"Well what?"

"Are you coming with us to the meeting? It'll be starting soon, you know."

Richard and Bill looked at Ted in anticipation. Bill, it's true, had most of the talking, but Richard was a closer friend for a longer time and knew he had all the studying and meeting attendance he'd done with Ted on his side.

"Do I have to decide right now between you two?" Ted asked.

"You'll have to decide sometime, Ted," Bill said gently.

"Well, I keep wishing there was some other alternative. Like when I first heard you, Richard, talking to Brother Olson about the Trinity. I felt there was some third possibility, and that you were both wrong. But I don't feel that now, although I wish I did."

"Ted," said Bill, "that third possibility was this. They were both wrong. God is neither one nor three; he doesn't exist."

Yes, that was it, Ted thought to himself. That fit perfectly; it was the elusive thought he was grasping for way back then, and now it was out in the open, visible to everyone. Now he had to decide between this possibility and what he had been calling 'the Truth' all this time.

"You know," Ted began, "ever since I came into the -- ever since I became a Witness, it seems I've been hearing things against it. Not mean things said to tear it down, but reasonable arguments that no one could adequately answer. I don't claim to know all the answers yet, but I think I'm going to have to find out for myself by looking even more fully into both sides. So I will go with you to the meeting tonight Richard, and I’ll pay closer attention than ever before. But all the same I intend to pay just as much attention to Bill's viewpoint. And soon, I hope very soon, I’ll know. But right now I'm still confused."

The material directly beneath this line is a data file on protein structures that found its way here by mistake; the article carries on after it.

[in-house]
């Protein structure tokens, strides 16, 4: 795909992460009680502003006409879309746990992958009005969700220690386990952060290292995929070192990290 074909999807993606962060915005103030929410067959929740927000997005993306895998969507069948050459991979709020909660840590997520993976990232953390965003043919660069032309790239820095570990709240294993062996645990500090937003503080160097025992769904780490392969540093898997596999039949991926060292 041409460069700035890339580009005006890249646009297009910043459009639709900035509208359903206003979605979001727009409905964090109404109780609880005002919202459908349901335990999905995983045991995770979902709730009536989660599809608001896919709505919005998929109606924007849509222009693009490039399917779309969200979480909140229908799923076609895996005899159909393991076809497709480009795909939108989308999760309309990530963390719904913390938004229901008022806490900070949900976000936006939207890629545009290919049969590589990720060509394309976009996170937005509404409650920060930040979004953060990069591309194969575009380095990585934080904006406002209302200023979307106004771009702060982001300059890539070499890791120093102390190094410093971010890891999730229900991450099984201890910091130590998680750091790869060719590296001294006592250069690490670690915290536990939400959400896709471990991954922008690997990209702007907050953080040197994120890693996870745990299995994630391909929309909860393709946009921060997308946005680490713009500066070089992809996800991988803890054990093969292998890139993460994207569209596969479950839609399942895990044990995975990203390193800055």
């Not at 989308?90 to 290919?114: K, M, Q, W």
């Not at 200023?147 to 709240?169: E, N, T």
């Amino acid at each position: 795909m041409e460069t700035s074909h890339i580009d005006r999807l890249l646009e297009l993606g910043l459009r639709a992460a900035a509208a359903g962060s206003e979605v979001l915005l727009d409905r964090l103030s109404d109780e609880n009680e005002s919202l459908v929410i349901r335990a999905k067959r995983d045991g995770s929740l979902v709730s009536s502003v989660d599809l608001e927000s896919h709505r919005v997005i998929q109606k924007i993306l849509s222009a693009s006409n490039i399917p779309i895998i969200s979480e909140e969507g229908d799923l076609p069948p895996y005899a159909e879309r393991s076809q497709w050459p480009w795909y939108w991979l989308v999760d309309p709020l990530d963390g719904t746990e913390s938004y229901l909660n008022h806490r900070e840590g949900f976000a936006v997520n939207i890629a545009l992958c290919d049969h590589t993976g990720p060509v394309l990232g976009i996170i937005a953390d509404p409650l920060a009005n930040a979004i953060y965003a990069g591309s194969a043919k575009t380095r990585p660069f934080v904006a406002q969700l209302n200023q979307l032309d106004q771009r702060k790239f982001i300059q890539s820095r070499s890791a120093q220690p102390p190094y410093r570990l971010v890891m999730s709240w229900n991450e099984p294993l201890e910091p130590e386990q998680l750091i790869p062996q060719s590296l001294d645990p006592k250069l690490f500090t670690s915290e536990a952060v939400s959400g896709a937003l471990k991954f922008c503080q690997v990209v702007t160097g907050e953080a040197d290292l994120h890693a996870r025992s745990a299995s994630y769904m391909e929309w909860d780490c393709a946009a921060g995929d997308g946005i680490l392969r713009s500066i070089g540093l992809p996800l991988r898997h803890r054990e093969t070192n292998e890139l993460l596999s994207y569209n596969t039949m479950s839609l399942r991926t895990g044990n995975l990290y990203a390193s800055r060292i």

His answer seemed unsatisfactory to both men. Each had wanted a clear victory but had to depart on a draw for now. Bill left, and soon Ted was in the car with the Johnson family.